by Jim Pasha, EXCELLENCE - May 1994

924 944 968
General Suspension Preparation
Notes and Guidelines



The 924/944/968 Porsches are blessed with some of the best out-of-box handling and balance of anything available, despite the introduction of new and technically interesting competition from other manufacturers over the years. The performance of the 944 S2 and 968 in Street GT racing is no accident.

Many of us have read stories lamenting the "humble" origins of components used to construct the suspension for this series car. The joke is on the criticizer because the evolving nature of the product reveals that none of the original suspension components have survived into the present line. The original 924 used VW Golf lower a-arms (modified), Super Beetle spindles and brakes, late Super Beetle and Golf struts and shocks. The rear was almost completely Super Beetle. Today's car has evolved, using much of  the same format, but has unique pieces that reflect on the constant Porsche penchant of continual improvement. This isn't too surprising considering that the 911/912/930 line has had the same level of evolution during its 30 year life span.

This evolutionary commonality is a great blessing for those owners who have early examples of each model. It is theoretically possible to install or graft 1994 968 components into a 1978 924, maybe not cost effective, but certainly within the grasp of a determined owner/enthusiast.

The biggest issue confronting the 924/944/968 enthusiasts is what to do to ensure continued or improved performance levels from their chassis as they enjoy driving their Porsches. The first issue is to get an understanding of what works for general all-around street/highway situations with a few sporting events thrown in.

The easiest place for an owner to start is adjusting the chassis to make it set in a level position. The lower sill of the body should be the same height at the rear of the front wheel opening as the height at the front of the rear wheel opening. Level is important here, not the actual ride height; I will go into that later. If you measure and there is a definite rake with the nose down, then the rear should be lowered. On all 1978 and later 924/944/968s, there is a cam adjustment on the outer trailing blade that will set the ride height. These bolts are VERY secure, and must be retightened after adjustment. The larger (adjustment) bolt is 36mm; a quality wrench is required and they must be retorqued correctly. I usually make a basic adjustment, then drive the car and measure after the suspension has settled.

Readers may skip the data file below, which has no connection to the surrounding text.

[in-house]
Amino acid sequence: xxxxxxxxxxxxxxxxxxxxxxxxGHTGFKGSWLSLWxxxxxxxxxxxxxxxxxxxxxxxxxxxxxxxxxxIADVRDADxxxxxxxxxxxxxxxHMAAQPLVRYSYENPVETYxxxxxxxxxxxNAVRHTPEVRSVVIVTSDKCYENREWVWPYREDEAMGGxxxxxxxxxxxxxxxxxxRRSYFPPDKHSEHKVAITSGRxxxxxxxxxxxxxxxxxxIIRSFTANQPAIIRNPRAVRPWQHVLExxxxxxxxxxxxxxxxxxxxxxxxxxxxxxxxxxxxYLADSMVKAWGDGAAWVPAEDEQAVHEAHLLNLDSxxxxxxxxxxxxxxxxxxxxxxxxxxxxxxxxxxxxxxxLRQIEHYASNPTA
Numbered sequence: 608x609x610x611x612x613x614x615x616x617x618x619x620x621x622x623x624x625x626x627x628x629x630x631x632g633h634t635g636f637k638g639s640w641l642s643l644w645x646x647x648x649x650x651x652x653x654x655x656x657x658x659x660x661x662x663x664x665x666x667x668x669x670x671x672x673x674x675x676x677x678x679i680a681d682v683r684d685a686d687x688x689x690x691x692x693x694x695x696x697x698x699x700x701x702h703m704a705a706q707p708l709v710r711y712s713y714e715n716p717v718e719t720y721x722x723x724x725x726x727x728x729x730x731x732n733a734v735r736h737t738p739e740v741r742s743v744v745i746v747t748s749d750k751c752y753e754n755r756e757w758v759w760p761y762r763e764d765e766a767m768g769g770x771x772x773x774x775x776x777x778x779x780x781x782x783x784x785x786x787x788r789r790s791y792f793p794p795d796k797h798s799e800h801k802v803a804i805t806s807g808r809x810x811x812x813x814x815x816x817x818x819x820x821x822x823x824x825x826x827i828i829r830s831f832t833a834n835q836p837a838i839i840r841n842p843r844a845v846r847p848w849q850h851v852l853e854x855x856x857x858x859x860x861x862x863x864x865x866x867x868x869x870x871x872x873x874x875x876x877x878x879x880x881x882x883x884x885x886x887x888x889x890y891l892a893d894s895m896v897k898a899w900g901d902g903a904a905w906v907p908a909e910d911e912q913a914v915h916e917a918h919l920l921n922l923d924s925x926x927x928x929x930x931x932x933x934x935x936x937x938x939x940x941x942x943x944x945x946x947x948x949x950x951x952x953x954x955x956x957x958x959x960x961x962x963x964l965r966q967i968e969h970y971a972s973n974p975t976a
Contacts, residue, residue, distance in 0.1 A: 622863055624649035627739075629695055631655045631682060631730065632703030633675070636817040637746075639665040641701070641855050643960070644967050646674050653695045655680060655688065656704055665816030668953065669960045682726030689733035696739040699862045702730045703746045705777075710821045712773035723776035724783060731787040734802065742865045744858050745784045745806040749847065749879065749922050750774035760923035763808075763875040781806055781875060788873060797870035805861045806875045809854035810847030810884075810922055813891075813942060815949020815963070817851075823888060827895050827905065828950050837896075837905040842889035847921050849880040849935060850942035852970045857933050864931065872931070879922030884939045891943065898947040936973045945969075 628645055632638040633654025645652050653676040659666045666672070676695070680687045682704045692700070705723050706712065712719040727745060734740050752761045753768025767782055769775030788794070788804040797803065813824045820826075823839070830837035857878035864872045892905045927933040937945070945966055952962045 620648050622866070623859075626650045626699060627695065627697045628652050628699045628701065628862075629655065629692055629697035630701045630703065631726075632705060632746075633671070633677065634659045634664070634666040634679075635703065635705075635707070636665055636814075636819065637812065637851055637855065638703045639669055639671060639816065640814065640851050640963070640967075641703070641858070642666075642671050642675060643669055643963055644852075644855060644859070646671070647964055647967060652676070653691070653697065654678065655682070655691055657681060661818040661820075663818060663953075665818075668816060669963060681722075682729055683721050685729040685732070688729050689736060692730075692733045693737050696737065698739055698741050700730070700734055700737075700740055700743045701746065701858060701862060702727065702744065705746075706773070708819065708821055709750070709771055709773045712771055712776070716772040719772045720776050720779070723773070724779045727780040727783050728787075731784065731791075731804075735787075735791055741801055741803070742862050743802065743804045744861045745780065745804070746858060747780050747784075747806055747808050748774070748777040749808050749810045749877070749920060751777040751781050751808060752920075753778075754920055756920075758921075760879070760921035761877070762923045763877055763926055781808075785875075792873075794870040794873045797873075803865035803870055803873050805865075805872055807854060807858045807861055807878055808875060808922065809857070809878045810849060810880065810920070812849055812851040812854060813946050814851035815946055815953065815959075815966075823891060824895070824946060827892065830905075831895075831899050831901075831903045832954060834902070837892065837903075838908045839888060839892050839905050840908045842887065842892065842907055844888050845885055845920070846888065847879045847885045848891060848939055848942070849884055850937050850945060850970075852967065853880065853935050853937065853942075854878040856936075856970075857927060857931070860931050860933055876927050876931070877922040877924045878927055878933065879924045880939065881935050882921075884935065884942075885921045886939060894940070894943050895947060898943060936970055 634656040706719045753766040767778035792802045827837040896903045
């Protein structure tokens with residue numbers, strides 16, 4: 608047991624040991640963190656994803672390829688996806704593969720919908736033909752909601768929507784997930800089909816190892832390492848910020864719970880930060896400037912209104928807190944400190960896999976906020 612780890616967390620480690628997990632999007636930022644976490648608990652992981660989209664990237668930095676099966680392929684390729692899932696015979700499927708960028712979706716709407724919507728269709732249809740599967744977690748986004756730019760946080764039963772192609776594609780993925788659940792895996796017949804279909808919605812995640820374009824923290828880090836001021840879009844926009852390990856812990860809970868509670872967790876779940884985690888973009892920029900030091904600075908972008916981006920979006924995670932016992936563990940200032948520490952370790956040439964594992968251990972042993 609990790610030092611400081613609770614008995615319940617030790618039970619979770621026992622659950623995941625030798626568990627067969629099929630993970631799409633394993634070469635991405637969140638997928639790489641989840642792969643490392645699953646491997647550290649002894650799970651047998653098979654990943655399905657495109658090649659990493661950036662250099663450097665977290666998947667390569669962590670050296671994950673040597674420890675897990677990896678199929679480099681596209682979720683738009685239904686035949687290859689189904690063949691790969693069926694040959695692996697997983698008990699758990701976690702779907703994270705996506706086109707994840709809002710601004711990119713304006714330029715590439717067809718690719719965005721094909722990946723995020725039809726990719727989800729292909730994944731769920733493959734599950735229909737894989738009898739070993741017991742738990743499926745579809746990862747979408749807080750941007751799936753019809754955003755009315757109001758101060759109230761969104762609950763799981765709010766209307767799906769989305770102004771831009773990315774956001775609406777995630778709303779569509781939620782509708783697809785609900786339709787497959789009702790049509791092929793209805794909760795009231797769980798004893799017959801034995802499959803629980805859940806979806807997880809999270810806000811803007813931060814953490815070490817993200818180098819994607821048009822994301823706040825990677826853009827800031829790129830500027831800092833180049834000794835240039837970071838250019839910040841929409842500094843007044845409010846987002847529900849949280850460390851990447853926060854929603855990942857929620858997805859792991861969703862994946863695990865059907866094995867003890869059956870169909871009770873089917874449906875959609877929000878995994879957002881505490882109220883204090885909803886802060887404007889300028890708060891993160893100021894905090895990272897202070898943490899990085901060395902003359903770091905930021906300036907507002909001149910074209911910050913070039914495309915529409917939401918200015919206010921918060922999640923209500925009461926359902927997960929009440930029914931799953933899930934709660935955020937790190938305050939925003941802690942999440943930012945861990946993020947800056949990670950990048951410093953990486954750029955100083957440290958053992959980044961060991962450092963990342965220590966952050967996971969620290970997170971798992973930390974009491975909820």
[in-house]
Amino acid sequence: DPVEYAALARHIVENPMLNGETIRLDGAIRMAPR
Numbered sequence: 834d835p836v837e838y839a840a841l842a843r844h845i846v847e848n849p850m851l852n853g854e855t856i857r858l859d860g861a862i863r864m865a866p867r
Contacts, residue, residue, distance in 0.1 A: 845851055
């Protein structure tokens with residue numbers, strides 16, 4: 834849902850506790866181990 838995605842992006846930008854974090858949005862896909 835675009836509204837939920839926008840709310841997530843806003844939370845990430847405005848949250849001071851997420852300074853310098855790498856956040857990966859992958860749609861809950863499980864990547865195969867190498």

This is something that the tinkering enthusiast can do by himself as long as he has a level site to do the adjustment. The more advanced enthusiast may make some more subtle adjustments, actually weigh-balancing the rear corners with those cams. I will add that this should be done after new shocks have been installed but prior to alignment.

Now why do this, you ask? Simply, this realigns the weight and suspension bias to be closer to what the designer intended. The settings that most Porsches after 1975 were delivered with, raised the rear bumper to meet U.S. bumper height requirements. The car will feel different after setting the chassis to the level position. Weight transfer will be minimized. The early 924s were perceived to have substandard brakes, but the real culprit was excessive weight transfer onto the fronts by the rear suspension ride height settings. A level 924 will feel like the brakes have been greatly improved, providing they are in good repair and adjustment. The 1976-77 924s must have the torsion bar ends removed and re-set to adjust the ride height setting as they do not have the eccentric adjustment. These models should be done by a good alignment shop; it's well worth the money.